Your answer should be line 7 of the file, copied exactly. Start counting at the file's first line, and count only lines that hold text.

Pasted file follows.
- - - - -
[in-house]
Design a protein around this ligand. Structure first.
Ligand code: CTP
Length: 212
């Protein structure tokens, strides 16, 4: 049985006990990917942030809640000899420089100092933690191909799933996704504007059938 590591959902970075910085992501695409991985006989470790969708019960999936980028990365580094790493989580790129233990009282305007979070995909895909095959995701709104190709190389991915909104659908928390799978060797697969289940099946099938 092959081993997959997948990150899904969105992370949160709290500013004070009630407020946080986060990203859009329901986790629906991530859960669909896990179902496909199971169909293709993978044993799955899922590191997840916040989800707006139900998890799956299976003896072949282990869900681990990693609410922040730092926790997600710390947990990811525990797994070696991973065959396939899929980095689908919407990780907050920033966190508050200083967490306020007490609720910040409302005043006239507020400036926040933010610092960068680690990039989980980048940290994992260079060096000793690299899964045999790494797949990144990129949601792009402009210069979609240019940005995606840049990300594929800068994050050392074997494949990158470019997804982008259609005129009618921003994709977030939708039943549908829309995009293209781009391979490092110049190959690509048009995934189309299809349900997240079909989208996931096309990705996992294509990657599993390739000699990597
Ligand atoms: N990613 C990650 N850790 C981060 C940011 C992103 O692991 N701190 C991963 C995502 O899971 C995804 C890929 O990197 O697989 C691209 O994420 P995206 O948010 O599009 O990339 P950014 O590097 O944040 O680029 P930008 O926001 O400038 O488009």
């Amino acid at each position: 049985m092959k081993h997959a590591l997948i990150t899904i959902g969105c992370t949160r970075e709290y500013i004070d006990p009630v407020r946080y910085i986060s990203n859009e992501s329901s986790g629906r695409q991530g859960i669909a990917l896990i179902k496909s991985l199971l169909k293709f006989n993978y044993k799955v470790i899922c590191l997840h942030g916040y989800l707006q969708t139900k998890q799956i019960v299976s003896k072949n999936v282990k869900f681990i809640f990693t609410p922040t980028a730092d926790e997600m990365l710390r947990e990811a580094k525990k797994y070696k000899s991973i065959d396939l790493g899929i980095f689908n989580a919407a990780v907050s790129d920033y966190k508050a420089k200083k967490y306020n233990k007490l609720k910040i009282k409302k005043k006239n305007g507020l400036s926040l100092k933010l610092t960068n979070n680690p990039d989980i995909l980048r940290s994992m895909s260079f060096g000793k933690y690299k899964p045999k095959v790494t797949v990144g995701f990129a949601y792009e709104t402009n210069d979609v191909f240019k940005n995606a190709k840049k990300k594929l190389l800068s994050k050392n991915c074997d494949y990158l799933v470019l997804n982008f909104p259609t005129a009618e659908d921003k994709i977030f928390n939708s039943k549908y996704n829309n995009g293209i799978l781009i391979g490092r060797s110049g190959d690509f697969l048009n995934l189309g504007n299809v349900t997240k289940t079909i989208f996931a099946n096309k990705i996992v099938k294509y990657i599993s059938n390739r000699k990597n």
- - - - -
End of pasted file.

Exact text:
């Amino acid at each position: 049985m092959k081993h997959a590591l997948i990150t899904i959902g969105c992370t949160r970075e709290y500013i004070d006990p009630v407020r946080y910085i986060s990203n859009e992501s329901s986790g629906r695409q991530g859960i669909a990917l896990i179902k496909s991985l199971l169909k293709f006989n993978y044993k799955v470790i899922c590191l997840h942030g916040y989800l707006q969708t139900k998890q799956i019960v299976s003896k072949n999936v282990k869900f681990i809640f990693t609410p922040t980028a730092d926790e997600m990365l710390r947990e990811a580094k525990k797994y070696k000899s991973i065959d396939l790493g899929i980095f689908n989580a919407a990780v907050s790129d920033y966190k508050a420089k200083k967490y306020n233990k007490l609720k910040i009282k409302k005043k006239n305007g507020l400036s926040l100092k933010l610092t960068n979070n680690p990039d989980i995909l980048r940290s994992m895909s260079f060096g000793k933690y690299k899964p045999k095959v790494t797949v990144g995701f990129a949601y792009e709104t402009n210069d979609v191909f240019k940005n995606a190709k840049k990300k594929l190389l800068s994050k050392n991915c074997d494949y990158l799933v470019l997804n982008f909104p259609t005129a009618e659908d921003k994709i977030f928390n939708s039943k549908y996704n829309n995009g293209i799978l781009i391979g490092r060797s110049g190959d690509f697969l048009n995934l189309g504007n299809v349900t997240k289940t079909i989208f996931a099946n096309k990705i996992v099938k294509y990657i599993s059938n390739r000699k990597n």